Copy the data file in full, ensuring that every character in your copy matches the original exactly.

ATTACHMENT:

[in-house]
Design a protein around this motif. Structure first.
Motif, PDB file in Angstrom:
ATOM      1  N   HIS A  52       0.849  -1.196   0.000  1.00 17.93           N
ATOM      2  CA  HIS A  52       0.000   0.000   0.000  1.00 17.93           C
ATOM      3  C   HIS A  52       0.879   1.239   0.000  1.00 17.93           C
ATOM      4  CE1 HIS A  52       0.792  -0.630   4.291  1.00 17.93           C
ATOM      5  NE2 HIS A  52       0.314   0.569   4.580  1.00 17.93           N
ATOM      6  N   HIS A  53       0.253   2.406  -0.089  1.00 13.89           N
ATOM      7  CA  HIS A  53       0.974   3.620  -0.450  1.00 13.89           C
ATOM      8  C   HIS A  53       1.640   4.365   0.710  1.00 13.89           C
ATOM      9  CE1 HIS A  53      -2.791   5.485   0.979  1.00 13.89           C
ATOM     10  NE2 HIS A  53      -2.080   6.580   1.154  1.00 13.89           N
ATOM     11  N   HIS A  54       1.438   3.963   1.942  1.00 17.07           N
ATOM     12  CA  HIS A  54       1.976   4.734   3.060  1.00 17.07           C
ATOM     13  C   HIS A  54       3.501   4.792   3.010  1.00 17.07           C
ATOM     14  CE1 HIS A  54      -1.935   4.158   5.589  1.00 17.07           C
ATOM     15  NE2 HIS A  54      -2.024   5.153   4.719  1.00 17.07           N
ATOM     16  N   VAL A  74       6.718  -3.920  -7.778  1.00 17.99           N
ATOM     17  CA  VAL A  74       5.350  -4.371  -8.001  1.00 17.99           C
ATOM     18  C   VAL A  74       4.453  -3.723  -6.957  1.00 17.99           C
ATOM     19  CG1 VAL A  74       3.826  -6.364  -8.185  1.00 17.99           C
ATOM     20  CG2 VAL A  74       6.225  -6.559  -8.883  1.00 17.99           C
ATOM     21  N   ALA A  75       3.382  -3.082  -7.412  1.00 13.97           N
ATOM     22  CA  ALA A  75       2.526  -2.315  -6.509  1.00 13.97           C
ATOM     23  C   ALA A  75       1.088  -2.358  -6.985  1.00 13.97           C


[in-house]
Design a protein around this motif. Structure first.
Motif, PDB file in Angstrom:
ATOM      1  N   HIS A  52       0.849  -1.196   0.000  1.00 17.93           N
ATOM      2  CA  HIS A  52       0.000   0.000   0.000  1.00 17.93           C
ATOM      3  C   HIS A  52       0.879   1.239   0.000  1.00 17.93           C
ATOM      4  CE1 HIS A  52       0.792  -0.630   4.291  1.00 17.93           C
ATOM      5  NE2 HIS A  52       0.314   0.569   4.580  1.00 17.93           N
ATOM      6  N   HIS A  53       0.253   2.406  -0.089  1.00 13.89           N
ATOM      7  CA  HIS A  53       0.974   3.620  -0.450  1.00 13.89           C
ATOM      8  C   HIS A  53       1.640   4.365   0.710  1.00 13.89           C
ATOM      9  CE1 HIS A  53      -2.791   5.485   0.979  1.00 13.89           C
ATOM     10  NE2 HIS A  53      -2.080   6.580   1.154  1.00 13.89           N
ATOM     11  N   HIS A  54       1.438   3.963   1.942  1.00 17.07           N
ATOM     12  CA  HIS A  54       1.976   4.734   3.060  1.00 17.07           C
ATOM     13  C   HIS A  54       3.501   4.792   3.010  1.00 17.07           C
ATOM     14  CE1 HIS A  54      -1.935   4.158   5.589  1.00 17.07           C
ATOM     15  NE2 HIS A  54      -2.024   5.153   4.719  1.00 17.07           N
ATOM     16  N   VAL A  74       6.718  -3.920  -7.778  1.00 17.99           N
ATOM     17  CA  VAL A  74       5.350  -4.371  -8.001  1.00 17.99           C
ATOM     18  C   VAL A  74       4.453  -3.723  -6.957  1.00 17.99           C
ATOM     19  CG1 VAL A  74       3.826  -6.364  -8.185  1.00 17.99           C
ATOM     20  CG2 VAL A  74       6.225  -6.559  -8.883  1.00 17.99           C
ATOM     21  N   ALA A  75       3.382  -3.082  -7.412  1.00 13.97           N
ATOM     22  CA  ALA A  75       2.526  -2.315  -6.509  1.00 13.97           C
ATOM     23  C   ALA A  75       1.088  -2.358  -6.985  1.00 13.97           C